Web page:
2. The apostle does affirm that God prepares men for glory; and there are abundant reasons to believe the fact.(1) There is the spiritual influence of nature. This influence you may call beauty in the flowery fields, sublimity in the surging main, glory in the "terrible crystal," or divinity in all; but whatever you call it, there is nothing in it to fit "for destruction," but everything to prepare for glory. I often wonder how men can sin abroad, in the bright fields of holy nature.(2) There is the special system of mediation, including the communications of God to humanity during the first four thousand years, the mission of Christ, the ministry of the gospel, and the agency of the Spirit. In view of all this, who can maintain, for a moment, the notion that God fits men for destruction?

IV. THAT THE HISTORY OF ALL MEN, WHATEVER THEIR DESTINY, ILLUSTRATES THE CHARACTER OF GOD. In relation to the destroyed, there is the manifestation of "long-suffering," "power," " wrath"; and in relation to the saved, there is the manifestation of the "riches of His glory." Conclusion: Learn —

1. That the most solemn attribute of thy nature is the power to misappropriate the blessings of God. Yonder are two plants side by side, rooted in the same soil, visited by the same showers, and shone on by the same sun; the one transmutes all into what will poison life, and the other into that which will sustain it. So the very elements that are preparing the men by thy side for glory — by the perverse use of thy moral freedom — may be fitting thee for destruction.

2. That the most momentous work in the world is the formation of character. It is either a soul-saving or a soul-destroying process. What wouldst thou think of a man who stood casting portions of his property into the bosom of the rolling river? But if thou art forming an ungodly character, thou art doing worse folly than this, thou art wasting thy spiritual self. That vessel which the architect, either from recklessness or ignorance, is constructing on a principle which necessarily unfits her to stand the swelling surges and the hostile gale, you would say, is "fitted for destruction," so, in very truth, is thy character if built on the principle of selfishness.

(D. Thomas, D.D.)

Who can say of himself, or of his fellow, whether his is a life of honour or of dishonour? I have seen side by side, amid the heirlooms of a great historic English house, a goblet of massive gold, rich with costly gems, and beside it a common earthern vessel, with broken handle and with battered edge. Which of these is a vessel made unto honour, and which to dishonour? The one has stood amid the blaze of light and the flash of jewels, filled with rare wine, at the banquet table of a king, where mistresses laughed, and where libertines blasphemed; and the other has borne water to the parched lips of dying soldiers, amid the smoke and dust of battle. Which, now, is the vessel made to honour, and which to dishonour?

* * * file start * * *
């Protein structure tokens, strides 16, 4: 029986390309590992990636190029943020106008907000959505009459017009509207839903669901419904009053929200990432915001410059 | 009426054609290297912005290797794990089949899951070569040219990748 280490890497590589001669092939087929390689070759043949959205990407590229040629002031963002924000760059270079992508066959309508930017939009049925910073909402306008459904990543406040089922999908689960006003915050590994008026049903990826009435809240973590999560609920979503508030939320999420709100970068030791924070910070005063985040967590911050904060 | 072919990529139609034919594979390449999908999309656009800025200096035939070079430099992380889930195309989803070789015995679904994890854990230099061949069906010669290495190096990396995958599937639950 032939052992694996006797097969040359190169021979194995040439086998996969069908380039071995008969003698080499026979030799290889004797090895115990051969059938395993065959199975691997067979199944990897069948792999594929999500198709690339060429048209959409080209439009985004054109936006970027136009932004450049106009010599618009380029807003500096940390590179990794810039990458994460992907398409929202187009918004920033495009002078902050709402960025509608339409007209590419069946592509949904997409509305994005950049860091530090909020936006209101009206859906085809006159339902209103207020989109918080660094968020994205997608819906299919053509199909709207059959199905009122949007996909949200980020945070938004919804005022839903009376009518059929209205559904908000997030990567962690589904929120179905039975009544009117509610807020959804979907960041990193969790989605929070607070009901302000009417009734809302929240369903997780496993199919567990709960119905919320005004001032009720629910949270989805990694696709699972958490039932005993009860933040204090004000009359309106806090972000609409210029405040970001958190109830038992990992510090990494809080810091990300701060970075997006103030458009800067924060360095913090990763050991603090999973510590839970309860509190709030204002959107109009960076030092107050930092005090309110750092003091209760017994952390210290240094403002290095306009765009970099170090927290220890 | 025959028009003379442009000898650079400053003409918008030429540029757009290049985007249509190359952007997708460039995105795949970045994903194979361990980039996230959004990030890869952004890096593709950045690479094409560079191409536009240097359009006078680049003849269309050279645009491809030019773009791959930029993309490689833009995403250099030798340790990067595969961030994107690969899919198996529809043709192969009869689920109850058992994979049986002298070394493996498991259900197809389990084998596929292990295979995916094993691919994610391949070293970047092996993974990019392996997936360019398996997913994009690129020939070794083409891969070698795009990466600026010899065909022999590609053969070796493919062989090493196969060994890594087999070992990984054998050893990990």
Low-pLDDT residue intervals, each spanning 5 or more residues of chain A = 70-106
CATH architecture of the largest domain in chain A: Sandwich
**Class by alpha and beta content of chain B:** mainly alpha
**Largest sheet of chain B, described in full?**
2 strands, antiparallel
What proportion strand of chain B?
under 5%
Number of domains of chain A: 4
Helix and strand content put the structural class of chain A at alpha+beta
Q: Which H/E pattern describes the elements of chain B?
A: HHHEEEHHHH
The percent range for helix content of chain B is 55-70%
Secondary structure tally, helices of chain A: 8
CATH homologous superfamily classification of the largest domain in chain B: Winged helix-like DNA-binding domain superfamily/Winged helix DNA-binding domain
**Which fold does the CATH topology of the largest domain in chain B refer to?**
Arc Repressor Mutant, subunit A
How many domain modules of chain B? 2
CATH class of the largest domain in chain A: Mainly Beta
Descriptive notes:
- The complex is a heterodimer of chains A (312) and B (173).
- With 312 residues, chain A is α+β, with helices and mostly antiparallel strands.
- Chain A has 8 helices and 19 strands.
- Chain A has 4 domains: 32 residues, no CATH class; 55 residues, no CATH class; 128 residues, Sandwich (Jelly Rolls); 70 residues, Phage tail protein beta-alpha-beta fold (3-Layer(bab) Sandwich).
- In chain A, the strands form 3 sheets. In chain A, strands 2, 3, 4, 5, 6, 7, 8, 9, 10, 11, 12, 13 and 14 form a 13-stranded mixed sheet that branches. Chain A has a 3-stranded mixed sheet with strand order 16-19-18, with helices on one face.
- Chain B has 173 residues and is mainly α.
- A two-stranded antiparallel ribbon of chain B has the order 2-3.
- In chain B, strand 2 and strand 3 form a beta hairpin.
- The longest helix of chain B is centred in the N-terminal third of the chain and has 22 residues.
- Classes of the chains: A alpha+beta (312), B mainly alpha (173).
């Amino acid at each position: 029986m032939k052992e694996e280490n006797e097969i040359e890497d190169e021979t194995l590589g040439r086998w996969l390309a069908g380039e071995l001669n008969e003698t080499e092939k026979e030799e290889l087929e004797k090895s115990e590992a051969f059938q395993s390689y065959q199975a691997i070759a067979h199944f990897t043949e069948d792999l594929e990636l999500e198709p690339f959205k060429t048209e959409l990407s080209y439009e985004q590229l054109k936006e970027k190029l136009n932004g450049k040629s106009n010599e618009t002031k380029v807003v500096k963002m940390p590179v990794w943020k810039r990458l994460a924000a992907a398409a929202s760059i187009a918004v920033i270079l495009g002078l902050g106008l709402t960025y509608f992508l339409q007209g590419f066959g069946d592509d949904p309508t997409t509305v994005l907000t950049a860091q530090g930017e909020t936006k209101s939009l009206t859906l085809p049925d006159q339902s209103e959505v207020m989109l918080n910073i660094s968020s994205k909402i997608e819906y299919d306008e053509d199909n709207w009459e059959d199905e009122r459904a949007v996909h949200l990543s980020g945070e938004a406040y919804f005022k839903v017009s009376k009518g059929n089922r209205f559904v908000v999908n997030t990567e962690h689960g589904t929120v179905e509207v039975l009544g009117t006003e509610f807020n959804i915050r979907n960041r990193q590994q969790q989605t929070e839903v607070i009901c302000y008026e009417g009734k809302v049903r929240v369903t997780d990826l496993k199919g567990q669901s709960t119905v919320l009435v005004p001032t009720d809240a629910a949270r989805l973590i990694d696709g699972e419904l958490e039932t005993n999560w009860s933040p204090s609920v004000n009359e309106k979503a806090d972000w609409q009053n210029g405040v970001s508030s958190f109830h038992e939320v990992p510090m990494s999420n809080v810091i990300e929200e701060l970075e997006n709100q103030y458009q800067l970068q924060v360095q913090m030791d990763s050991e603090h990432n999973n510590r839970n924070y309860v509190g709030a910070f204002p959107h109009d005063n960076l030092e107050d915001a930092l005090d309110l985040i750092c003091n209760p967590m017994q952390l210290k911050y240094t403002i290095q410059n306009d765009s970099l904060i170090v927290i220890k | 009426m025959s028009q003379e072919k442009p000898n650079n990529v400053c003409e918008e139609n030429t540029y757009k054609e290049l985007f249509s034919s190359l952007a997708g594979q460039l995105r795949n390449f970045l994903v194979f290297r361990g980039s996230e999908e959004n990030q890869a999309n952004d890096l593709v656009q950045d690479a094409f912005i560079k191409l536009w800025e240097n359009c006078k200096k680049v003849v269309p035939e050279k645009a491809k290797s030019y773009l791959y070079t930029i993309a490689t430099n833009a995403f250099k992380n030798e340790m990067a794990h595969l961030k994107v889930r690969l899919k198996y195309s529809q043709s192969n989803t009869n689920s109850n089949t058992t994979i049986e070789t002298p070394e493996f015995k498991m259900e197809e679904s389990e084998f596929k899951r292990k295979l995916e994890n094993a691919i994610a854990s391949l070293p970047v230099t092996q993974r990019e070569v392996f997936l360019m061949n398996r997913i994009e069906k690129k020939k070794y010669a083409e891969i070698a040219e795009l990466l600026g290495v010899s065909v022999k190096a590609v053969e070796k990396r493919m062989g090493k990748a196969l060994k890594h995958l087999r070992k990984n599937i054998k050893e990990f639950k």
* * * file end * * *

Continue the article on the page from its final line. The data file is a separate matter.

(T. T. Shore, M.A.)

What if God, willing to show His wrath... endured... vessels of wrath... and
The sentence is elliptical. Supposing God to have done so, and for certain ends — what then? The apostle does not fill up the sentence himself, but leaves it to be filled up by his readers agreeably to the principles he had been laying down. Would there be unrighteousness with God?


1. "The vessels of wrath," i.e., the "vessels to dishonour" of ver. 21.(1) The wrath of God is invariably pointed against sin (chap. Romans 1:18; Ephesians 2:1-3). It is judicial, not personal; righteousness demanding the punishment of iniquity — "angry with the wicked," and insisting on the execution of the law. Sovereign wrath is a contradiction. Sovereign mercy is not. It expresses the unalienable right of the Supreme Ruler to show favour freely to the undeserving. The very word "mercy" implies "desert of evil" in its objects. But from the idea of the right of God to inflict suffering on the undeserving, we shrink with horror, for it would ascribe to God the right to do wrong. All punitive infliction presupposes desert. The bestowment of good does not. The latter, then, belongs to sovereignty; the former, to equity.(2) The sins of men are freely committed. They are done with the choice of their wills. Otherwise there could be no such thing as sin. If a man were used as a mere machine, he could not be a sinner. Every sinner is sensible that neither, on the one hand, is he constrained to evil, nor, on the other, restrained from good. To say that man cannot will what is good is to employ terms most inconsiderate and misleading. What hinders him from willing? Only the absence of right dispositions. But the indisposition is just the want of will; and, there being no other inability in man than this, to say he cannot will resolves itself ultimately into the will not to will; inasmuch as he is kept from willing good by nothing but his aversion to good.(3) These are truths sufficiently plain, and they serve to show the meaning of the expression "fitted to destruction."(a) More is meant than mere destination or appointment. "Fitted" includes particularly the idea of congruity between the character and the destruction. The question, then, comes to be — how are they thus "fitted" and by whom? In finding an answer to this question, observe the marked difference between the expressions on both sides of the alternative. God fits the "vessels of mercy," but the vessels of wrath are only "fitted for destruction" i.e., self-fitted, fitted by their impenitent and obdurate sinfulness. The blessed God cannot be regarded as directly "fitting men for destruction" by any influence from Him (James 1:13-16; Ezekiel 15:6-8).(b) And, as God cannot make men wicked, neither should He be considered as appointing men to sin — unless it be in the simple sense of leaving them, in punitive abandonment, to the hardening influence of its wilful perpetration (Jude 1:4).